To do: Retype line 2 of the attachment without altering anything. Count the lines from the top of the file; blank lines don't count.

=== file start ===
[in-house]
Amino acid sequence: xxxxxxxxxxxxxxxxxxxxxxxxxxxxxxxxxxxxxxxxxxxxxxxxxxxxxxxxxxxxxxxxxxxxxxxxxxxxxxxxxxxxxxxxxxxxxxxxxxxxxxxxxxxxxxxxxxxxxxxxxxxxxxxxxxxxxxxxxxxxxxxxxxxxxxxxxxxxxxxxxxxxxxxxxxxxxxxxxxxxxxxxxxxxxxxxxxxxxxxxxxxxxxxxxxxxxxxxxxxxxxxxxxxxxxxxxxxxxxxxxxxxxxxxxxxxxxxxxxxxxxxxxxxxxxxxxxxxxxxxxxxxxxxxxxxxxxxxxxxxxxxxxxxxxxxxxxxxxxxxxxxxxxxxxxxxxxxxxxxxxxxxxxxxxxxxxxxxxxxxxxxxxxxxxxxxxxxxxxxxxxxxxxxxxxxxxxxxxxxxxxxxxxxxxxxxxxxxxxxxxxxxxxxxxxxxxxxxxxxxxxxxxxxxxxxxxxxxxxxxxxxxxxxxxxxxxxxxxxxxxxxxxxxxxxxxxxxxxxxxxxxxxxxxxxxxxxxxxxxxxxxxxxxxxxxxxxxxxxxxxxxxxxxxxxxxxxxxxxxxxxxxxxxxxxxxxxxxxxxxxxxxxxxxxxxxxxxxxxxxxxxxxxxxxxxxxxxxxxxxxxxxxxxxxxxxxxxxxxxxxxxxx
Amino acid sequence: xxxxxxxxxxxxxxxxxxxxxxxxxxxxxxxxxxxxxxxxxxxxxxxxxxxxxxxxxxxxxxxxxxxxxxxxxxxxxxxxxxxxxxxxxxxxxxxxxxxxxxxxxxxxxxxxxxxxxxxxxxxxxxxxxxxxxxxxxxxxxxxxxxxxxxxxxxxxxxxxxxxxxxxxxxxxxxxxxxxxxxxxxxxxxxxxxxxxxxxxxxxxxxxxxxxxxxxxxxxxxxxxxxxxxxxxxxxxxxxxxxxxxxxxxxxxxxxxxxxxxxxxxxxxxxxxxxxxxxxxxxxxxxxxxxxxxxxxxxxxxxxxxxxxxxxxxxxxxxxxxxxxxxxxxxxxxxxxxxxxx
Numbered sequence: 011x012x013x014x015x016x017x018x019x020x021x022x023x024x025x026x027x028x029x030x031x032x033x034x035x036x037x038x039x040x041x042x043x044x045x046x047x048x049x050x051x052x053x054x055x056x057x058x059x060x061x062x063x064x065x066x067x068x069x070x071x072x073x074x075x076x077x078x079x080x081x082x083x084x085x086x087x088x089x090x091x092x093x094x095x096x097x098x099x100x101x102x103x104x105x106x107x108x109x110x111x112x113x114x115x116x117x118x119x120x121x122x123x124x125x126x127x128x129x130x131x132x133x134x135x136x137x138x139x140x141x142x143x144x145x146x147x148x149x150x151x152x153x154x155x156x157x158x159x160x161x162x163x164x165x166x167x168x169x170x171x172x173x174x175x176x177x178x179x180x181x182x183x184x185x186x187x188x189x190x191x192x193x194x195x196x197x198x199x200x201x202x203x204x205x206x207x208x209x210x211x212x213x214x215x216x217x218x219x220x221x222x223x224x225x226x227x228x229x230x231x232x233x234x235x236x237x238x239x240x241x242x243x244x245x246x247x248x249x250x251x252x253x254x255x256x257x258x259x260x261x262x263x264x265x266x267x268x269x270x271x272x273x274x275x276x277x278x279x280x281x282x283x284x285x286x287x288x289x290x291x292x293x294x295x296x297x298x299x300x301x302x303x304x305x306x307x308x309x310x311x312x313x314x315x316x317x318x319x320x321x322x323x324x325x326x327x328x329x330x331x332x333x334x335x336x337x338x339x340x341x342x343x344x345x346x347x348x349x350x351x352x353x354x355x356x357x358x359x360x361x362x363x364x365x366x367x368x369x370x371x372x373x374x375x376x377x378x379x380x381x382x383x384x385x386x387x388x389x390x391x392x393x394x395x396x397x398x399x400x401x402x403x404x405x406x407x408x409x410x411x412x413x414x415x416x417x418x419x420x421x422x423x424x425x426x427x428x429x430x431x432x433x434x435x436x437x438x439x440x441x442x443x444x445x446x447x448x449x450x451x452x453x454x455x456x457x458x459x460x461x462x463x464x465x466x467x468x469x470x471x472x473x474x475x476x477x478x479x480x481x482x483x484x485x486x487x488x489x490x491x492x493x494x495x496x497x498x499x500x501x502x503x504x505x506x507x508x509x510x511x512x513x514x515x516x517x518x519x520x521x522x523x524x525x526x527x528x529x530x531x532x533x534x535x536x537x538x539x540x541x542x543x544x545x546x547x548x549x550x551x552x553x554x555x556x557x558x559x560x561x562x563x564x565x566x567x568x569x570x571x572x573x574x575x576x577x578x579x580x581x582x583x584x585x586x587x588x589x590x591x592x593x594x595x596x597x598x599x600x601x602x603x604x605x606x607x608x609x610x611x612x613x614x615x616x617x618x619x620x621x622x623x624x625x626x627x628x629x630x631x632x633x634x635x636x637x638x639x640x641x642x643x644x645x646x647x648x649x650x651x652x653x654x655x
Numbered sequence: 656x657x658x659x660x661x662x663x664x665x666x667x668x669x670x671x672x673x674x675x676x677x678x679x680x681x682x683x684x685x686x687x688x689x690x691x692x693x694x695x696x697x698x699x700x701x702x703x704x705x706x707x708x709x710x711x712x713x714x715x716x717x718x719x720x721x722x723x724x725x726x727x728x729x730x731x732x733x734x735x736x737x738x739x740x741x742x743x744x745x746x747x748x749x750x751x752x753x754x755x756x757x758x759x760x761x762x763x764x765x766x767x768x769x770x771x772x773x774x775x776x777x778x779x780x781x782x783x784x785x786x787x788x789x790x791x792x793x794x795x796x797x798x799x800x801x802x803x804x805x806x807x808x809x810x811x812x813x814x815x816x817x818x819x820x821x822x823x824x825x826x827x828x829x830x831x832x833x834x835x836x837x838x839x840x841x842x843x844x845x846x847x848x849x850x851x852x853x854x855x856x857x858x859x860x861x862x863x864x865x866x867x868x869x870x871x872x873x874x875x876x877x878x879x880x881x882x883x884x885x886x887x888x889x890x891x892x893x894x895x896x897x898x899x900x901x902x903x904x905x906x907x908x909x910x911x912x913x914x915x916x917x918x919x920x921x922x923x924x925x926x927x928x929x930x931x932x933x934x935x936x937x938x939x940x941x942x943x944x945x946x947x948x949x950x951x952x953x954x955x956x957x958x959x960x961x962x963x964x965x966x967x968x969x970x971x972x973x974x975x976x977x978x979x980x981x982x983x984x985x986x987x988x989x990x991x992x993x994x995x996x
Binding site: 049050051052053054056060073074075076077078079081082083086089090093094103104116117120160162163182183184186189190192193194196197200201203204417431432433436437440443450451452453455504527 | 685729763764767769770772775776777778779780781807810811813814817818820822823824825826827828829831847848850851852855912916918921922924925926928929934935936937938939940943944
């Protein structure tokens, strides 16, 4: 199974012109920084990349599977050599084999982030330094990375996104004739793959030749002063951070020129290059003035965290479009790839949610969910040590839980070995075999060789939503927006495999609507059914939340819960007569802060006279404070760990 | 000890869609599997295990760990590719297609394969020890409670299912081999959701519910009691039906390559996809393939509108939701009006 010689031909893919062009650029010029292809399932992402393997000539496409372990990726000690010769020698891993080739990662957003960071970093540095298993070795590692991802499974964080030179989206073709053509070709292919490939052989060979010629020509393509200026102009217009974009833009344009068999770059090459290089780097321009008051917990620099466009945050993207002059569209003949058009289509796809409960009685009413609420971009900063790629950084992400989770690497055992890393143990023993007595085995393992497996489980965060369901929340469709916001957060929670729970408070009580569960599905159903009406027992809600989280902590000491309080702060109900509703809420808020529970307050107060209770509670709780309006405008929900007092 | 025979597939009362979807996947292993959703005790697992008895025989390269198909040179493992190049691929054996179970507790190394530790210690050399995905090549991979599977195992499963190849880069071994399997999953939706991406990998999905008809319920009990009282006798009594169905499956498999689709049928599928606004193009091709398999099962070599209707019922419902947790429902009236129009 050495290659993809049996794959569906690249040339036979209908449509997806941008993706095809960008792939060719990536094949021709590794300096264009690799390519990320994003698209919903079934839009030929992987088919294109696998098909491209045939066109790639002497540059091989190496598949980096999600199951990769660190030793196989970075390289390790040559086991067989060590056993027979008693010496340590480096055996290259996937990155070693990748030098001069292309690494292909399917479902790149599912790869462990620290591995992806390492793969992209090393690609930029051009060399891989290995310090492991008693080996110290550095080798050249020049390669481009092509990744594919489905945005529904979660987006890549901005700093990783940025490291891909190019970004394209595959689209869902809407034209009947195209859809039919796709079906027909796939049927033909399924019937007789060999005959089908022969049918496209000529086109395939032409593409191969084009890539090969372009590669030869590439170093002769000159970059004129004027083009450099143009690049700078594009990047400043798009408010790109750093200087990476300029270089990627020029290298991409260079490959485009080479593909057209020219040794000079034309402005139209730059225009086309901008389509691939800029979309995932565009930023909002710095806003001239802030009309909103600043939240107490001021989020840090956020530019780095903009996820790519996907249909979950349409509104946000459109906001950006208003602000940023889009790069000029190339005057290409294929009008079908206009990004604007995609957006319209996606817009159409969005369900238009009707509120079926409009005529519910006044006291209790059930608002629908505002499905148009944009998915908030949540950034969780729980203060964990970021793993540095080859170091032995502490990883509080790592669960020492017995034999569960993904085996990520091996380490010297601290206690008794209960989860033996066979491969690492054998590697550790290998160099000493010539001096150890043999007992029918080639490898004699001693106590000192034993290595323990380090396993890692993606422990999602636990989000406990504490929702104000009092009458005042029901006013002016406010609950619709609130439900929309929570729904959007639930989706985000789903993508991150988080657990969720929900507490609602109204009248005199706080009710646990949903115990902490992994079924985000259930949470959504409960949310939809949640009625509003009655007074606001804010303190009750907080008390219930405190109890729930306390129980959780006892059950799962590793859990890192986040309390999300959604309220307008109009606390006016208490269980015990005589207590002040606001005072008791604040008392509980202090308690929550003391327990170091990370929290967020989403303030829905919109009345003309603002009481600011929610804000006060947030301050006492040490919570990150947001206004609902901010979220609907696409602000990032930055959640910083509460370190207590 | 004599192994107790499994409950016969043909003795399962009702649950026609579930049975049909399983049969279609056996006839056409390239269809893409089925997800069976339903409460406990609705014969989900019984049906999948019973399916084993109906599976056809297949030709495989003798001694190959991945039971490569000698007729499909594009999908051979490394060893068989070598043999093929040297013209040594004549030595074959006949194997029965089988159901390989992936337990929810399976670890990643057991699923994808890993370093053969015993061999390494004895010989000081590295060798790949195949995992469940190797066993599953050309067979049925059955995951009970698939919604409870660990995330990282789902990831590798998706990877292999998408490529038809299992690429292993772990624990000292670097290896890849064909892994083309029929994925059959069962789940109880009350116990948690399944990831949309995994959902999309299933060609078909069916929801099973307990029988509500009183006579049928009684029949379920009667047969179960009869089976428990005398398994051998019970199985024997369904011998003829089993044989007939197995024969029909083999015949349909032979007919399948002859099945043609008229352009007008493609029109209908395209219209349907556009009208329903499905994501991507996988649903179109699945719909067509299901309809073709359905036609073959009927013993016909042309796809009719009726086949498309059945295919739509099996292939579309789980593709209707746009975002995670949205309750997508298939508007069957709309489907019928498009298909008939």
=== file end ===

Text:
Amino acid sequence: xxxxxxxxxxxxxxxxxxxxxxxxxxxxxxxxxxxxxxxxxxxxxxxxxxxxxxxxxxxxxxxxxxxxxxxxxxxxxxxxxxxxxxxxxxxxxxxxxxxxxxxxxxxxxxxxxxxxxxxxxxxxxxxxxxxxxxxxxxxxxxxxxxxxxxxxxxxxxxxxxxxxxxxxxxxxxxxxxxxxxxxxxxxxxxxxxxxxxxxxxxxxxxxxxxxxxxxxxxxxxxxxxxxxxxxxxxxxxxxxxxxxxxxxxxxxxxxxxxxxxxxxxxxxxxxxxxxxxxxxxxxxxxxxxxxxxxxxxxxxxxxxxxxxxxxxxxxxxxxxxxxxxxxxxxxxxxxxxxxxxxxxxxxxxxxxxxxxxxxxxxxxxxxxxxxxxxxxxxxxxxxxxxxxxxxxxxxxxxxxxxxxxxxxxxxxxxxxxxxxxxxxxxxxxxxxxxxxxxxxxxxxxxxxxxxxxxxxxxxxxxxxxxxxxxxxxxxxxxxxxxxxxxxxxxxxxxxxxxxxxxxxxxxxxxxxxxxxxxxxxxxxxxxxxxxxxxxxxxxxxxxxxxxxxxxxxxxxxxxxxxxxxxxxxxxxxxxxxxxxxxxxxxxxxxxxxxxxxxxxxxxxxxxxxxxxxxxxxxxxxxxxxxxxxxxxxxxxxxxxxxxxx